We cannot verify your location
Browse Book and Journal Content on Project MUSE
OR

Fantasies of Gender and the Witch in Feminist Theory and Literature

by Justyna Sempruch

Publication Year: 2008

In her book Fantasies of Gender and the Witch in Feminist Theory and Literature, Justyna Sempruch analyses contemporary representations of the "witch" as a locus for the cultural negotiation of genders. Sempruch revisits some of the most prominent traits in past and current perceptions in feminist scholarship of exclusion and difference.

Published by: Purdue University Press

Front Matter

pdf iconDownload PDF (256.1 KB)
pp. i-iv

Contents

pdf iconDownload PDF (90.0 KB)
pp. v-

Acknowledgements

pdf iconDownload PDF (225.1 KB)
pp. vii-viii

read more

Introduction

pdf iconDownload PDF (298.9 KB)
pp. 1-11

Focusing on the contemporary representations of the "witch" as a locus for the cultural negotiation of genders, in this book I revisit some of the most prominent traits in past and current feminist perceptions of exclusion and difference. I examine a selection of twentieth-century North American (U.S. and Canadian) and European narratives to reveal the continued political relevance of metaphors sustained in the fantasy of the "witch," widely thought...

read more

Chapter One. Functions and Risks of Radical Feminist "Witches"

pdf iconDownload PDF (493.2 KB)
pp. 12-58

While rereading the radical feminist versions of the "witch" figure in 1970s scholarship, it is possible to conclude that no matter who she is, or whom she supposedly represents, the "witch" remains a benevolent "wise-woman," a victim of phallogocentric hegemonies. This particular identity construction derives from mythic stories of the "Burning Times" and beliefs in the "Craft of the Wise," both drawing on the historically documented medieval and postmedieval European witch-craze. Following Diane Purkiss, most of these "mythic" sources...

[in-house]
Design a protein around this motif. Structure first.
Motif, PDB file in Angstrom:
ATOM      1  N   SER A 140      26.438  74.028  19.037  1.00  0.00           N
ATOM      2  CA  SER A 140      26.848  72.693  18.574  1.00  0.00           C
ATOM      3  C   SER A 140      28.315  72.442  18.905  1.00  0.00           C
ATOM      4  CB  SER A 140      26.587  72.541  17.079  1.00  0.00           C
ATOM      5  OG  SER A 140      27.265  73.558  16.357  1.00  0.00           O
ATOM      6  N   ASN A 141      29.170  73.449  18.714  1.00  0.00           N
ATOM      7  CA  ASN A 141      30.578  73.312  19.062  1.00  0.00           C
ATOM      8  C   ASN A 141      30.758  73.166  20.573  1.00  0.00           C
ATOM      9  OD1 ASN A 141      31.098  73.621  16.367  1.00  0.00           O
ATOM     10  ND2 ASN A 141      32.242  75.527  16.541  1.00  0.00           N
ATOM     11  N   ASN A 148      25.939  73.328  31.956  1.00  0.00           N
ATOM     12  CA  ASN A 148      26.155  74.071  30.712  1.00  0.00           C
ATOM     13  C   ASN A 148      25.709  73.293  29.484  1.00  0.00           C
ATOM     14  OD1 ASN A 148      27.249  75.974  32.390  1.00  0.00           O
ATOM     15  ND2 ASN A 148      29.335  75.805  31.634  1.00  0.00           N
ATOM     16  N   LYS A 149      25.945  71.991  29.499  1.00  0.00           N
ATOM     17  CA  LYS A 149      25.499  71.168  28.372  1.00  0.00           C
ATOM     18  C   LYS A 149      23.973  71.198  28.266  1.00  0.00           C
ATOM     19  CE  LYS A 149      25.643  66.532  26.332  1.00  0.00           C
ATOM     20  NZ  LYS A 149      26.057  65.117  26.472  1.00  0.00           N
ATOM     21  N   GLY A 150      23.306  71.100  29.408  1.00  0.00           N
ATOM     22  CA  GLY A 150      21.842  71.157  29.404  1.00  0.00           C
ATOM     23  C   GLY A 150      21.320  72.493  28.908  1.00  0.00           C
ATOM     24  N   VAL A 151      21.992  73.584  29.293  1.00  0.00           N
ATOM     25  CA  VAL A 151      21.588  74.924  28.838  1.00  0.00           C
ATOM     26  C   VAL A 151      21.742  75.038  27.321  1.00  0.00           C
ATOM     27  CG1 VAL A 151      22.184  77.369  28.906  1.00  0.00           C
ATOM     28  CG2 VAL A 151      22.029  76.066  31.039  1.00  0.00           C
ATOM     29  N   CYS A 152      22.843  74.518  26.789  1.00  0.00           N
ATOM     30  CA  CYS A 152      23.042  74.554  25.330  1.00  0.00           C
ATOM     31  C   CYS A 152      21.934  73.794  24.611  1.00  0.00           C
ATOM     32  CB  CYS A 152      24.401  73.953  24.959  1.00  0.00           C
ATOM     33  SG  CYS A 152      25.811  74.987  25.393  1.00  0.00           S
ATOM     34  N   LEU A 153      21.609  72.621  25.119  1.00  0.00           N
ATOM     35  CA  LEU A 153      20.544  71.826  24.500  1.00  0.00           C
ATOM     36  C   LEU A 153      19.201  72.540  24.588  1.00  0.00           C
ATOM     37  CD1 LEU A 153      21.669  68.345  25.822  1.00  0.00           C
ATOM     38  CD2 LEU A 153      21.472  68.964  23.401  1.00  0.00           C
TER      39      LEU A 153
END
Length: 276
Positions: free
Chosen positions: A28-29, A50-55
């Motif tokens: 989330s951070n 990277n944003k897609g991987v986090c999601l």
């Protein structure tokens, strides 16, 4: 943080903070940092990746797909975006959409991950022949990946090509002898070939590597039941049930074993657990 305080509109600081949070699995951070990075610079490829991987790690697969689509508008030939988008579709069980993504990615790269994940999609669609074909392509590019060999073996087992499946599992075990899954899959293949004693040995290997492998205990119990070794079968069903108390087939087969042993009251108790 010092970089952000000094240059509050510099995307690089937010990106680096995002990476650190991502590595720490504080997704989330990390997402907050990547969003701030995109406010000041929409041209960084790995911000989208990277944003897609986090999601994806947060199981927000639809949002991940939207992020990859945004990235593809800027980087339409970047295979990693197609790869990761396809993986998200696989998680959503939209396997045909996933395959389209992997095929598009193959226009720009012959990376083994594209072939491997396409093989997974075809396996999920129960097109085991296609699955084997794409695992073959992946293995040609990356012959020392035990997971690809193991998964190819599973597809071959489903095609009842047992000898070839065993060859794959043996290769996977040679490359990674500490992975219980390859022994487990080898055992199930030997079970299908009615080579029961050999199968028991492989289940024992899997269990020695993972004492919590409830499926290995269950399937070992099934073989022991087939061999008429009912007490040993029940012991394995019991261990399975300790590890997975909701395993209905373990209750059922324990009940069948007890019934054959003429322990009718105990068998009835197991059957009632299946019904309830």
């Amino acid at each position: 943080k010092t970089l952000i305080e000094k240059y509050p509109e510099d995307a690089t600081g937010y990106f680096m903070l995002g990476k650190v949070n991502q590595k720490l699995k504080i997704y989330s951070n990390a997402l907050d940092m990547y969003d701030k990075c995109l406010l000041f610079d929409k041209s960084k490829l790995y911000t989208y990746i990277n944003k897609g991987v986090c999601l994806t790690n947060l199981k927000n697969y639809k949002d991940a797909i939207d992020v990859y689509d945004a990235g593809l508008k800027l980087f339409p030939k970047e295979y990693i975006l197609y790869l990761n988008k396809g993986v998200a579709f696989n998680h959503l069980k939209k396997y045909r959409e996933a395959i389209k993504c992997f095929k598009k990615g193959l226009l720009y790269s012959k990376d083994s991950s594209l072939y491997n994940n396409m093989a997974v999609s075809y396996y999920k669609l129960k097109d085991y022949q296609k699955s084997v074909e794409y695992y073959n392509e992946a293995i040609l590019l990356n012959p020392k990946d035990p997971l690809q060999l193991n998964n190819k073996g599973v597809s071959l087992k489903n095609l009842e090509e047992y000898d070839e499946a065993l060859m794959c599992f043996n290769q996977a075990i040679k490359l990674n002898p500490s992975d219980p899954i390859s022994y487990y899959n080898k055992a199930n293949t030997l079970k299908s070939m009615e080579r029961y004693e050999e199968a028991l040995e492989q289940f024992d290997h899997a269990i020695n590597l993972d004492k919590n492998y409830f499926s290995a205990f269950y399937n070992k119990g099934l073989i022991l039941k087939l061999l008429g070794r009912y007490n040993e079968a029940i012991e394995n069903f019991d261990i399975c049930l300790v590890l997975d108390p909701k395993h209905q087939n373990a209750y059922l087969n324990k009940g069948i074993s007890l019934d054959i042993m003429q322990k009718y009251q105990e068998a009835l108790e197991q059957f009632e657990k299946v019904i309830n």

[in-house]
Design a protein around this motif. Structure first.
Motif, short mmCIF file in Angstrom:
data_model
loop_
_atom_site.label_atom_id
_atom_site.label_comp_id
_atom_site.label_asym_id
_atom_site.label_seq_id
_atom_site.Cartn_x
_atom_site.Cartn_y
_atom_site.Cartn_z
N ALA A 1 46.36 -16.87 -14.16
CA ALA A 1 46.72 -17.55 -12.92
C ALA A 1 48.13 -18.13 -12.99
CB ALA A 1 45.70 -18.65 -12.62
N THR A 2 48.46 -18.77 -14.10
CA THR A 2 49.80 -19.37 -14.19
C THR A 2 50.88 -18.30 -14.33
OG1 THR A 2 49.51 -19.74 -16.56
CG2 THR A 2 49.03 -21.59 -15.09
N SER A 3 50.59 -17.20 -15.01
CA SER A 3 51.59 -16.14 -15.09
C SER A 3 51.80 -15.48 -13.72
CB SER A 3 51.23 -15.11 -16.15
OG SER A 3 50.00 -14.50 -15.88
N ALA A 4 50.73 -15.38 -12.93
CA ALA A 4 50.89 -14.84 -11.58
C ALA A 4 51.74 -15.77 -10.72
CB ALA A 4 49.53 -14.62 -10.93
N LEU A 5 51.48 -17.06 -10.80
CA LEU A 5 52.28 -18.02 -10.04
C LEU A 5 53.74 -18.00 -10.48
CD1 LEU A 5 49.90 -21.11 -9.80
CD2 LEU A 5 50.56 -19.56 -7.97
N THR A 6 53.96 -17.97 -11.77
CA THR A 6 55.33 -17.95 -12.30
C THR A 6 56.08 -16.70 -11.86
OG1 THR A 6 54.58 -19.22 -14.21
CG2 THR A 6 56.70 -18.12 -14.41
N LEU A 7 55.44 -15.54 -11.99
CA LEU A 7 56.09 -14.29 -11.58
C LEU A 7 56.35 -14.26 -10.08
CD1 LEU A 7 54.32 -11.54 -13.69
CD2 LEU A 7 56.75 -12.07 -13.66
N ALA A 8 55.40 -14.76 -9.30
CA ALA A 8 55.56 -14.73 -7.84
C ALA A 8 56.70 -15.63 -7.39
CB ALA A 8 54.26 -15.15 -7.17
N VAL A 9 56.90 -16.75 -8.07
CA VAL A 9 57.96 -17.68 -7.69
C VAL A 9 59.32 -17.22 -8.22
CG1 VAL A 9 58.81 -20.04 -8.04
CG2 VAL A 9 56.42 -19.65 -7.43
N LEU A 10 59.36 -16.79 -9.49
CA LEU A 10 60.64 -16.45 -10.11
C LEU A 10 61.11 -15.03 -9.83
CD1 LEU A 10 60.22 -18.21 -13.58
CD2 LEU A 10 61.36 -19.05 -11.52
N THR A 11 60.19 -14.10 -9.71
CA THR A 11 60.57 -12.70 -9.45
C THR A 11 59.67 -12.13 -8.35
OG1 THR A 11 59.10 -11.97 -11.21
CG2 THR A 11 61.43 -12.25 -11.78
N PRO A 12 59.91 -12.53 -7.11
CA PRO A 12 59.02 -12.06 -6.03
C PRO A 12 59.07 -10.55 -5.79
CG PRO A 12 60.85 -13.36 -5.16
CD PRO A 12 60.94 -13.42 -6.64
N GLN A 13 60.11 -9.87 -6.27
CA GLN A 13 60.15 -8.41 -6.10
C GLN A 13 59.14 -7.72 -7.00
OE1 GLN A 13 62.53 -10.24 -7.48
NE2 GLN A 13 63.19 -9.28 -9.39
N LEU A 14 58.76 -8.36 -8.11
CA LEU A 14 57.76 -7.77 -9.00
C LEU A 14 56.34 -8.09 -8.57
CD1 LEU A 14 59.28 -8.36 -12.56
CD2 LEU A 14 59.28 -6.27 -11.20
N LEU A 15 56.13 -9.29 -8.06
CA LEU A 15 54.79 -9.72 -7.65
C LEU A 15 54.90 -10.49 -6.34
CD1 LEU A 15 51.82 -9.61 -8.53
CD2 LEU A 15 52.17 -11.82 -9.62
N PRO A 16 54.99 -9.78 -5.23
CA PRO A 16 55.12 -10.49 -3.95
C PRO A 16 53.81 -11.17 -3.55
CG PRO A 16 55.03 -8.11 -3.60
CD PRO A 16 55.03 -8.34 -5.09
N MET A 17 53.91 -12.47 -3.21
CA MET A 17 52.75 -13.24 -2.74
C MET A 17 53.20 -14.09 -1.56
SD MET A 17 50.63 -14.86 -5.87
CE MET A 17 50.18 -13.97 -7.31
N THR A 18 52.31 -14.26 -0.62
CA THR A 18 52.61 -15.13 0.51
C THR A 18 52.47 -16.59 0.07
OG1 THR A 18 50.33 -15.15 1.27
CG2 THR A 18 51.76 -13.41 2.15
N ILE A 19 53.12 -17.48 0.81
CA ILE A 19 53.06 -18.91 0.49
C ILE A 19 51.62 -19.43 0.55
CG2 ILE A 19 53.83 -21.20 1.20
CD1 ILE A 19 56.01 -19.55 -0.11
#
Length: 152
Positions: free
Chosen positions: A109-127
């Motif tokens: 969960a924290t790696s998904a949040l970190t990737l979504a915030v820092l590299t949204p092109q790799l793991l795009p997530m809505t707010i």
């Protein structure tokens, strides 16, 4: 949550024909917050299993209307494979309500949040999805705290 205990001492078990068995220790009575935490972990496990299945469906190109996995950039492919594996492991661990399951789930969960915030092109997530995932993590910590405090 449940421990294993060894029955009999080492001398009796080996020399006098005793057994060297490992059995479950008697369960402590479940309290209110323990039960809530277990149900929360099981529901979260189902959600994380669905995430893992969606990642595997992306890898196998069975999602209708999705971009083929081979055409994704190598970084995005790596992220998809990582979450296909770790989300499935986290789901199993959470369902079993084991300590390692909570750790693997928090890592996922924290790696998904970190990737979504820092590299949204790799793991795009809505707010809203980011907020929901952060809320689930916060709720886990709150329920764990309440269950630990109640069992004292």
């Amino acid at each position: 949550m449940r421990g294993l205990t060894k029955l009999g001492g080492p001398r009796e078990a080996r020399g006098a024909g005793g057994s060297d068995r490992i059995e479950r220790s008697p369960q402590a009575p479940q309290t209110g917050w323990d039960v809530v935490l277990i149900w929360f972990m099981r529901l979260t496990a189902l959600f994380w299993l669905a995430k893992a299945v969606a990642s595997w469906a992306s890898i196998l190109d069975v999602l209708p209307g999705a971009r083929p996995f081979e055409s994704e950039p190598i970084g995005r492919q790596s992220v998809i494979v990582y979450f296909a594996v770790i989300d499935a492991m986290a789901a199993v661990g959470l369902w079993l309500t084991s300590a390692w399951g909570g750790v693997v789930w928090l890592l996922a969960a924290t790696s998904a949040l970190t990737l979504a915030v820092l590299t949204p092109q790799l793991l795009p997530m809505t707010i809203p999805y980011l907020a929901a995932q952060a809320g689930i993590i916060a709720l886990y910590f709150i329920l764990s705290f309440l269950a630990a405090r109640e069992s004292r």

read more

Chapter Two. Splitting the Feminist Subject

pdf iconDownload PDF (570.2 KB)
pp. 59-118

The theory and narratives discussed in this chapter shift our attention from the witch as a fantasmatic therapy of a/the woman in culture towards an archaic mother of the semiotic. This archaic figure is of importance here in the context of feminist identifications with the loss of the semiotic mother rather than the loss of the symbolic phallus. The concept of the archaic mother as a continuous separation has been thoroughly explored...

read more

Chapter Three. The Embarrassed "etc." at the End of the List

pdf iconDownload PDF (528.3 KB)
pp. 119-171

Building on feminist reconstructions of the hysteric and the archaic mother discussed in previous chapters, I set out to examine the conceptual knots that confuse and hold together historical and contemporary identifications of subjectivity with the social meaning of the symbolic. The constitutive and primary importance of "sexual difference" (Irigaray) within...

read more

Conclusion

pdf iconDownload PDF (225.1 KB)
pp. 172-173

Based on tenets of the framework of comparative cultural studies, a framework that pays particular attention to all minorities, the marginal, and the Other and embraces a nonessentialist world view, the narratives analyzed in the first chapter of my book illustrate the second-wave feminist sense of urgency and the need to create a common identification with the historical...

Works Cited

pdf iconDownload PDF (317.2 KB)
pp. 174-182

Index

pdf iconDownload PDF (1016.6 KB)
pp. 183-190


E-ISBN-13: 9781612490281
E-ISBN-10: 161249028X
Print-ISBN-13: 9781557534910
Print-ISBN-10: 1557534918

Page Count: 198
Publication Year: 2008

Series Title: Comparative Cultural Studies
Series Editor Byline: Steven Tötösy de Zepetnek